LMG Support to Health Governing Bodies in Afghanistan

By: Mahesh Shukla, MD, MPA

The LMG Project in Afghanistan is assisting the Ministry of Public Health to improve Provincial Public Health Coordinating Councils governance at all subnational levels (i.e., provincial, district, and community levels). It assists the PPHCCs, DHCCs, facility health shuras (consultative assemblies), and community health shuras to discharge their roles and responsibilities in a more effective, efficient, transparent and accountable manner so that they are able to influence access to health care, quality of care, and overall health outcomes for the people living in the provinces. The project is well-prepared to provide similar assistance to governing bodies in many other low- and middle-income countries.

Provincial and district health governance

To help PPHCCs and DHCCs improve governance, the LMG/Afghanistan program, in working with the Ministry of Public Health and these committees, has supported drafting of governance guides through a consultative process. Four effective governing practices—cultivating accountability, engaging stakeholders, setting a shared strategic direction, and stewarding resources in a responsible way—are at the heart of these governance guides. PPHCC and DHCC members drafted these governance guides through a series of workshops. The draft guides are available in two national languages of Afghanistan—Dari and Pashto—and at this time, field-testing of the governance guides is taking place in three provinces (Herat, Khost and Wardak) and 11 districts (Narkh, Jalriz, Sayedabad, Ismailkhail-Mandozai, Alisher, Istalaf, Qarabagh, Eshkamish, Garam Sir, Spin Boldak, and Qaisar).

PPHCC and DHCC members enthusiastically participated in the workshops, during which they worked in groups to discuss how to put the four effective governing practices into operation in the context of their province or district. They identified concrete and specific actions to be taken over the next six months (April-October 2013) on various key dimensions of the four effective governing practices. They also carried out a self-assessment of their current governing/decision-making practices at three levels - committee level, subcommittee level and at individual member level. These self-assessments will be used to establish a baseline of their governing practices. The self-assessments will be repeated six months later to find out whether their governing practices have improved.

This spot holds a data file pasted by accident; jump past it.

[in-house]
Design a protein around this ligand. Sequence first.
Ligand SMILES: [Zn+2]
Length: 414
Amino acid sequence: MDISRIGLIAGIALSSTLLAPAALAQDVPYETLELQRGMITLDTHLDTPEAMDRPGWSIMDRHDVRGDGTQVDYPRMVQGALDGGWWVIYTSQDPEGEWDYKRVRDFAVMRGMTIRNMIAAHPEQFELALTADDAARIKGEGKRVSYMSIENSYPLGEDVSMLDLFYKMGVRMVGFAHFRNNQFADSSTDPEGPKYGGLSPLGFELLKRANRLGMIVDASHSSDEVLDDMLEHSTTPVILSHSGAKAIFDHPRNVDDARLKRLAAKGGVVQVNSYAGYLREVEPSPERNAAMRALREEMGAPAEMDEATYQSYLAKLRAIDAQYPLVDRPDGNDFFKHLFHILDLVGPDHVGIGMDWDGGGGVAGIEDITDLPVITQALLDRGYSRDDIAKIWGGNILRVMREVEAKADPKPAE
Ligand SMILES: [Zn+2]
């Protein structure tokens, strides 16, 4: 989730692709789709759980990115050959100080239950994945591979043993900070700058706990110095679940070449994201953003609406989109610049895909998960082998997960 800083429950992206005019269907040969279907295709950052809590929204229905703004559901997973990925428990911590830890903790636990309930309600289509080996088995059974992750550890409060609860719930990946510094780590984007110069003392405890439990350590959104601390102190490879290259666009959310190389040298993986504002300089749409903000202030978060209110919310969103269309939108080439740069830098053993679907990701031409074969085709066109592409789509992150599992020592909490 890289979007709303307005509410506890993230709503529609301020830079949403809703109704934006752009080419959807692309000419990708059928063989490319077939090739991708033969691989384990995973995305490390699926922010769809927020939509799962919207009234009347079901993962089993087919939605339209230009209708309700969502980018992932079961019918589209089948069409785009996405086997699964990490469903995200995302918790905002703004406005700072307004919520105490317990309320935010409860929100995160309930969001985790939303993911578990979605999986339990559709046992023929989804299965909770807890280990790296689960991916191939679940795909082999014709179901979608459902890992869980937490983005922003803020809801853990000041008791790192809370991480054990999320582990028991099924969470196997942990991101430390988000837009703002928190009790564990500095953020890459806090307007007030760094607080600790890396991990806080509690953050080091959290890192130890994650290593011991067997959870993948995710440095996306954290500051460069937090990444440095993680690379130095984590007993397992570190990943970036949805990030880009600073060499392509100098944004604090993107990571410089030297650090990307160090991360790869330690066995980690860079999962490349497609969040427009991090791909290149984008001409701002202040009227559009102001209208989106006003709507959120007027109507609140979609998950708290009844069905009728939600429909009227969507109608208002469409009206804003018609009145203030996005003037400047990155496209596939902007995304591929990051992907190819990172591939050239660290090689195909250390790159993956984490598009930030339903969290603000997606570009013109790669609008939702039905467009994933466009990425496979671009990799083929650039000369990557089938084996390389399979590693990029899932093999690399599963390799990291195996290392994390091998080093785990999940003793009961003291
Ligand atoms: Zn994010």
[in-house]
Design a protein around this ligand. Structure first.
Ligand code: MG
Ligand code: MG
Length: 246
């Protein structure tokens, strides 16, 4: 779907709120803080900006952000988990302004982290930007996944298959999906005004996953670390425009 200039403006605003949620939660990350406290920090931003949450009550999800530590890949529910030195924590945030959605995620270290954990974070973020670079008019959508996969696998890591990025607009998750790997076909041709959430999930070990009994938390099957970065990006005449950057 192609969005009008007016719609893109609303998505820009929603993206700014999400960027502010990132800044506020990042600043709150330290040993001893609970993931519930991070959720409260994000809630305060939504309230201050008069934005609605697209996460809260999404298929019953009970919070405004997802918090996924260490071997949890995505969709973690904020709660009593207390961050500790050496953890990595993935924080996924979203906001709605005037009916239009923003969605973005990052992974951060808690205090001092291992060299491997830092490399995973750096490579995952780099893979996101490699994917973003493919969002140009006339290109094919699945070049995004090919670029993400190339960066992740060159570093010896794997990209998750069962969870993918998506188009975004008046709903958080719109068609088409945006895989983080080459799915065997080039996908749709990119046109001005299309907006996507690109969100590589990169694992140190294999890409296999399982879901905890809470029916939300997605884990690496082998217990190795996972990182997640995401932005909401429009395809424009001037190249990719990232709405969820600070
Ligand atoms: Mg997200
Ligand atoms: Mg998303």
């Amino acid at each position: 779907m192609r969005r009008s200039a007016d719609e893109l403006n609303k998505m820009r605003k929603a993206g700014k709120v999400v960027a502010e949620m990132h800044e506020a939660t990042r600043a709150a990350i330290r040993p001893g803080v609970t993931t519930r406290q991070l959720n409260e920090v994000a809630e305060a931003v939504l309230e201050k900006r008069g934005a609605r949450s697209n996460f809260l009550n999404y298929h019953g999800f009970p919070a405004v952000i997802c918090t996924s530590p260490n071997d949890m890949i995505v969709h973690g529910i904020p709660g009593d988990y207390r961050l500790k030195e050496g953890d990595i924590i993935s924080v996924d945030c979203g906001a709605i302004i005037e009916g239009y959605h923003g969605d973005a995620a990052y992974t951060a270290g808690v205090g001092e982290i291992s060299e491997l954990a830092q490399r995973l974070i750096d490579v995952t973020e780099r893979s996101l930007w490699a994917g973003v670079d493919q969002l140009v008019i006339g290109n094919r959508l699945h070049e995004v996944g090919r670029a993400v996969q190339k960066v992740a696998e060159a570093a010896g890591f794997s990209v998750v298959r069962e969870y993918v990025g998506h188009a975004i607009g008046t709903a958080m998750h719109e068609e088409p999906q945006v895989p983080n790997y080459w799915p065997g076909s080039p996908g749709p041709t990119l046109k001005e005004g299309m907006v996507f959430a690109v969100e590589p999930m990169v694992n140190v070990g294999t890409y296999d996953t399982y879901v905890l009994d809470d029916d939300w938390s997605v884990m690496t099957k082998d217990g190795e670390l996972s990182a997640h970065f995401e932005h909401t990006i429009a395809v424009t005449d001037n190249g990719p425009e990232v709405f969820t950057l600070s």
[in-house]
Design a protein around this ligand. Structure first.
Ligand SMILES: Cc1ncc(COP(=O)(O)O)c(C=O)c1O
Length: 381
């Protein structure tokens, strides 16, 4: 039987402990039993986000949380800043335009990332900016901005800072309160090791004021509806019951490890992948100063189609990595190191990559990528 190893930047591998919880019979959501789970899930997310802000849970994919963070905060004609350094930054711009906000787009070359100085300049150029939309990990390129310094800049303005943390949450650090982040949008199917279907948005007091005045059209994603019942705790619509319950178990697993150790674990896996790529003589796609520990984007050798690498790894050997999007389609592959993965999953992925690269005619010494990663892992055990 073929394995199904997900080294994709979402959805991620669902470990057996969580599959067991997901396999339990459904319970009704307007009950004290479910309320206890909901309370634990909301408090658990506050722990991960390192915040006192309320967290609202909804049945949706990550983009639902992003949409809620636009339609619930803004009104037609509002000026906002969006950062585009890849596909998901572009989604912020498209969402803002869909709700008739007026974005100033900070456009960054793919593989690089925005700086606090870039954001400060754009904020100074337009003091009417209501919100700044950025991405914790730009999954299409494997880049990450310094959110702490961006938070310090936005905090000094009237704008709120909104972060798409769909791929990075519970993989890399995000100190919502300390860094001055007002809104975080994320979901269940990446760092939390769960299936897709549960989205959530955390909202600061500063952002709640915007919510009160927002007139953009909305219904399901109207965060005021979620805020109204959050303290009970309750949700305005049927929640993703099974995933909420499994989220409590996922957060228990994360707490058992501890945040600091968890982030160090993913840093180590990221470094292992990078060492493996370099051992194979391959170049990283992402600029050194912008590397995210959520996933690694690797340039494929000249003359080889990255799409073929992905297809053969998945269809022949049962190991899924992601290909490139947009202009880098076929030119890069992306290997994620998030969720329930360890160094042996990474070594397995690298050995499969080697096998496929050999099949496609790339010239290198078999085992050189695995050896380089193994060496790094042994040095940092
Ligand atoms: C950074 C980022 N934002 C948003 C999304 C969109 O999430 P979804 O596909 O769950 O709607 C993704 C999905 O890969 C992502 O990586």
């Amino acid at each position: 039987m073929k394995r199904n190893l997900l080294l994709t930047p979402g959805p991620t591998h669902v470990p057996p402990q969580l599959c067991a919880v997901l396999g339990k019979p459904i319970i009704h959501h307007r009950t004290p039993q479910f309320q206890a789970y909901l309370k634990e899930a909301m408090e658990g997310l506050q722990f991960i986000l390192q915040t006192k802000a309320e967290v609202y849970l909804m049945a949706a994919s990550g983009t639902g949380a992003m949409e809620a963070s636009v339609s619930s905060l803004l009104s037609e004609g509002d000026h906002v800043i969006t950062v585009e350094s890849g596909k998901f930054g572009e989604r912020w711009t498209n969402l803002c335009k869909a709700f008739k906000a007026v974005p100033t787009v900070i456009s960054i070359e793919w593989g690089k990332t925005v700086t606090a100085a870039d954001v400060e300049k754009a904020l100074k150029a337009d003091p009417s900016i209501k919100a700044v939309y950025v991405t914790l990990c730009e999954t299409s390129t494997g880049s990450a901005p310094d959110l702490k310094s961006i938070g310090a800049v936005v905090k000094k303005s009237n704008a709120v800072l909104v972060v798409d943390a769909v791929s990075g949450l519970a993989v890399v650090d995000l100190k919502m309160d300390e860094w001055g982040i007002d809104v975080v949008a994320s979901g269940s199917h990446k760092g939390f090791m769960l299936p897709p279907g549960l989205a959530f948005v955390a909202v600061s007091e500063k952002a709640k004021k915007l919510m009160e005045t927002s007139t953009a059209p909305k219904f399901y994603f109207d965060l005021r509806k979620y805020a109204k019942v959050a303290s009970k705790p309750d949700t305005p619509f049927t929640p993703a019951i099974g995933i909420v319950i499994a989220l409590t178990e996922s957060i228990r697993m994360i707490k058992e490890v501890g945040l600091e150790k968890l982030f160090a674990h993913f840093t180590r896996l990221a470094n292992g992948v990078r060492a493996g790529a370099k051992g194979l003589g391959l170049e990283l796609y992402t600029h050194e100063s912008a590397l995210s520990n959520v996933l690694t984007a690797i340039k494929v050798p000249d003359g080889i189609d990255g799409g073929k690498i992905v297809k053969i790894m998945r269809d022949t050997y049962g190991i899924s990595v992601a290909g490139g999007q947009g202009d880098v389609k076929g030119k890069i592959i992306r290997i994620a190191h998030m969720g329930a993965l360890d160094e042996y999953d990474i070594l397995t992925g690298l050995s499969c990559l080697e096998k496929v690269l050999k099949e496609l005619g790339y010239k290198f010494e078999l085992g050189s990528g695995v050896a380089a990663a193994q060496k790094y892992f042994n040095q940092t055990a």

Three PPHCCs and 11 DHCCs have identified a total of 389 specific and practical steps to be taken during the field-testing period based on the four effective governing practices. The LMG Project will support the pilot provinces and districts with field testing through its provincial health system strengthening coordinators. The progress on specific actions will be an agenda item during monthly PPHCC and DHCC meetings. The respective committee (PPHCC or DHCC) will review the progress made in the province or the district on these specific steps.

As the field testing of the governance guides comes to an end, PPHCCs and DHCCs will discuss the overall experience as well as the applicability of the guides and four effective governing practices to their specific situation. The members will then make specific recommendations to the Ministry of Public Health. PPHCCs and DHCCs will, as described earlier, repeat a self-assessment at the end of the six months to see whether their governance practices and scores have improved.

Community health governance

During a consultative workshop, twelve health facility shura and health post shura members from eight provinces (Ghazni, Kabul, Kapisa, Kunar, Laghman, Logar, Nangarhar, and Paktia) expressed a need for guidance from the Ministry of Health on how to effectively carry out their roles and responsibilities, which also include community health leadership and community health governance. The LMG/Afghanistan program assisted the Community-based Health Directorate of the MOPH in drafting guidelines for health post shuras and health facility shuras.

The draft guidelines were then reviewed by a panel of 15 health post shura and health facility shura members from eight provinces (Kabul, Kapisa, Kunar, Logar, Nangarhar, Paktia, Panjshir and Parwan). The members expressed broad agreement with the draft guidelines, and made many suggestions to improve and contextualize the content. Their comments and concerns were addressed, and the draft guidelines were revised and will soon be shared with a panel of Afghan and international reviewers. Once finalized, health shura guidelines will be field-tested in about 20 health post and health facility shuras over a period of six months.

By Mahesh Shukla, MD, MPA, Public Sector Governance Senior Technical Advisor, Leadership, Management & Governance (LMG) Project.

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